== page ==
One of the stars of the boycott conference at Penn was Sarah Schulman, the writer/professor who wrote the groundbreaking pinkwashing piece in the New York Times last November: How Israel uses gay-rights to launder its human rights violations.
In the Q-and-A, a man rose to ask Schulman how the piece had gotten into print. Schulman laughed and said, "Ok, here's the back story." And then told an astonishing story.
I'll relate that story in a minute. First you have to eat your spinach: Schulman's very wise ideas about the ways that the Palestinian solidarity movement can grow from "a vanguard movement to a popular movement."
Schulman only got into Palestinian solidarity two years ago. But she has been a "hard-core" activist all her life, chiefly about AIDS and queer freedom. You can ask, Where has she been, what about Gaza? but that's a stupid question, a question that blocks growth. And the beauty of Schulman's engagement here is that when she was told not to go to Tel Aviv University two years ago, and she said, "What boycott?" she didn't get defensive and nutty. No, she looked into the issue and saw that it was straightforward and simple-- and then she was in.
This is the type of person we need to engage: morally clear, independent, brave people. Schulman's own Jewishness dropped right away when she saw what Palestinians were experiencing. She had been there once, to see cousins. But any family allegiance simply dropped away when she saw what was going on. Beautiful.
And what Schulman counseled is that for the movement to grow and effect a paradigm shift in the U.S. discourse it must really work on its messaging. It must define one goal, ending US military aid to Israel. It must translate "manifesto culture to soundbite culture." In doing so, it must avoid "heightened rhetoric, highly ideological language," and academic language, including old left language.
It must do its utmost to find a Palestinian face who will be as imprinted for American news organizations and their bookers as Hanan Ashrawi was in a previous generation. It must open an office in NY with a Palestinian at the helm. It must seek celebrity endorsement.
And there was this, which I found personally persuasive and moving:
This movement reminds her of early days in LGBT and AIDS activism. It is a movement on behalf of rightsless people. (Hey--we are going to win!) But as the movement grows, "we have to be wise and we have to be flexible.... The founders [will] lose control of the discourse." Ideological purity will fade away as more and more come into the movement. "That's the price" of success. I believe Schulman completely. I wanted to hug her. (And by the way I am happy to sacrifice all ego-capital that I have accumulated here, for the sake of the family of Mustafa Tamimi, killed when he protested his village's loss of access to its sole source of water).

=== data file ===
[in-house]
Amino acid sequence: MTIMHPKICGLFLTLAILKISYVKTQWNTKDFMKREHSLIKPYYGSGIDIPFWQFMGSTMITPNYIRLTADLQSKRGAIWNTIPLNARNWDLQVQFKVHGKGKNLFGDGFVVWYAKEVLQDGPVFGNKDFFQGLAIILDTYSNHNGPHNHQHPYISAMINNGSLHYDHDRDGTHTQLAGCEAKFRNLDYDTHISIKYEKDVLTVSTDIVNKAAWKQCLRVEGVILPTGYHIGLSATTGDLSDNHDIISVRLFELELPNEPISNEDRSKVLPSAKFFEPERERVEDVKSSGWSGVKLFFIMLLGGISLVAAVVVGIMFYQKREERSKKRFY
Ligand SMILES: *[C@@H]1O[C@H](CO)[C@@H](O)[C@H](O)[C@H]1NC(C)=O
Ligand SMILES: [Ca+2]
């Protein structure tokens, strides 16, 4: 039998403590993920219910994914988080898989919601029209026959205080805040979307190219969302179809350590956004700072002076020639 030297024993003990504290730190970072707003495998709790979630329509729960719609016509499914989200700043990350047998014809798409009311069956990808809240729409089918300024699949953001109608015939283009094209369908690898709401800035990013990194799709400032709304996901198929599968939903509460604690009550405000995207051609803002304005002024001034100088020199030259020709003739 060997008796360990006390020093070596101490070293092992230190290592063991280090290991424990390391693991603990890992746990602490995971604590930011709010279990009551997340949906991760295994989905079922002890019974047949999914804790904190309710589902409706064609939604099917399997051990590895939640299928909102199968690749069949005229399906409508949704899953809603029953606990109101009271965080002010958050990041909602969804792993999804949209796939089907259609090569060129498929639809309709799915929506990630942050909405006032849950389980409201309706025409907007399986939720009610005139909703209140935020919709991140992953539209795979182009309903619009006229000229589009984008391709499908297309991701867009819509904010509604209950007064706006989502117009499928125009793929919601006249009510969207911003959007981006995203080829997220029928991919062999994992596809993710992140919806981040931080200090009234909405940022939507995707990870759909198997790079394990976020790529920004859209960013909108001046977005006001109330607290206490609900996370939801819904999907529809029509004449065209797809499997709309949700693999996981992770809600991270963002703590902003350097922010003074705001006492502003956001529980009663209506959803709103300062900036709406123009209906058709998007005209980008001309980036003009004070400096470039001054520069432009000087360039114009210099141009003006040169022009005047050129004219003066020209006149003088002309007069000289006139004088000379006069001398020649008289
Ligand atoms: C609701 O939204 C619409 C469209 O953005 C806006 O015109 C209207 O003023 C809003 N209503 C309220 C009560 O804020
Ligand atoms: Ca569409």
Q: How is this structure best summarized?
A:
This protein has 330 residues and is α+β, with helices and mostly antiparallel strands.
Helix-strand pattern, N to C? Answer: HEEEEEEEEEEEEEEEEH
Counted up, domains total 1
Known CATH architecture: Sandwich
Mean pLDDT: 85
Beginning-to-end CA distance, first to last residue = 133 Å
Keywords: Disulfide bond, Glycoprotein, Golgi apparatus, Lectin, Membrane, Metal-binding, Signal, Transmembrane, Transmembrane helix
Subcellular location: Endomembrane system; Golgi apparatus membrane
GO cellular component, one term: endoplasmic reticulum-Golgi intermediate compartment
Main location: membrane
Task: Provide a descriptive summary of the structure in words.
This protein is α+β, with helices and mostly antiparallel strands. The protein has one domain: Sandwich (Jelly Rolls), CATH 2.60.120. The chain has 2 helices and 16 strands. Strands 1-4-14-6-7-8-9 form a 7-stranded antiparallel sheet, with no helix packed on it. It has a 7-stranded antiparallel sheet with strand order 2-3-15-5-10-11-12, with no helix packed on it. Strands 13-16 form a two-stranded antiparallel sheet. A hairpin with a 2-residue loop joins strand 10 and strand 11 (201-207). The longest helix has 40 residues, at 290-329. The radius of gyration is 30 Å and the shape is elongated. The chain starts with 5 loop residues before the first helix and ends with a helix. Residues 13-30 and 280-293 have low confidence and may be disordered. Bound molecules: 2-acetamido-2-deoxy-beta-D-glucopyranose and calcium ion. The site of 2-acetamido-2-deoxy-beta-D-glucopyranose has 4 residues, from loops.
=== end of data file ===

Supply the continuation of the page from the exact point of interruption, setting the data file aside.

OK, now you've had your high fiber. The Q-and-A came and a guy asked how Schulman managed to get the pinkwashing piece published. Here's her tale:
Last June a "young, Chinese American gay guy" who had not long ago gone to work at the New York Times Op-Ed page reached out to Schulman to write a piece on the 30th anniversary of the discovery of AIDS.
Schulman said, "You want a progress narrative." She couldn't write that. The young op-ed editor said, No, but when Schulman turned in her piece, which was not a "progress narrative," it got killed, as she had expected, and the Times ran a "progress narrative."
The young editor felt bad about the outcome and asked her what else she could write for the Times. Schulman sensed that he had a "very idealistic idea of the Times," and no sense of the "Jewish politics of the Times" (oh, I love this phrase, it is a gift of insight), but she said, "What about pinkwashing?" Huh? The international promotion by Israel of the freedom it gives gays in Israel as a means of masking its denial of human rights to Palestinians. She showed the editor some pieces from the Guardian.
"He said, 'Sure.'"
Schulman knew what was coming. She turned in a "900 word piece with 150 pages of documentation.... [and] for the next three months we fought over the piece.... [at times] we literally screamed at each other."
The Times op-ed staff came up with question after question to challenge Schulman's assumptions. No one there knew that she had a "secret research team of queer women," translating documents from Arabic, Dutch, German and Hebrew!
One of the foolish queries on the piece was: "You have to prove that Israeli gay people are anti-Arab." And there were "all these ridiculous delays."
The documentation grew to 300 pages, and the Times just "couldn't come up with something that would justify killing it."
The piece ran on November 22. And I don't see much evidence of "pulling and hauling," as one of our earlier writer-savants puts struggling with the world. A fine piece, it ends: "The long-sought realization of some rights for some gays should not blind us to the struggles against racism in Europe and the United States, or to the Palestinians’ insistence on a land to call home."
The piece was sensational. It is surely Schulman's most famous writing. She took great pleasure when Benjamin Netanyahu cited it as a reason that he would not contribute to the New York Times.
And then a postscript. Schulman said that on January 24, the NYT ran this AP report saying that Tel Aviv is a great gay destination-- "a plant" for the Israeli government, a "piece that had never been factchecked... rife with factual inaccuracies."
Schulman concluded that the piece was "obviously some deal brokered between the Times and the Israeli government." She wrote to her young editor to ask if the piece had undergone anything like the scrutiny that hers had received during its 3-month gestation. She did not hear from him.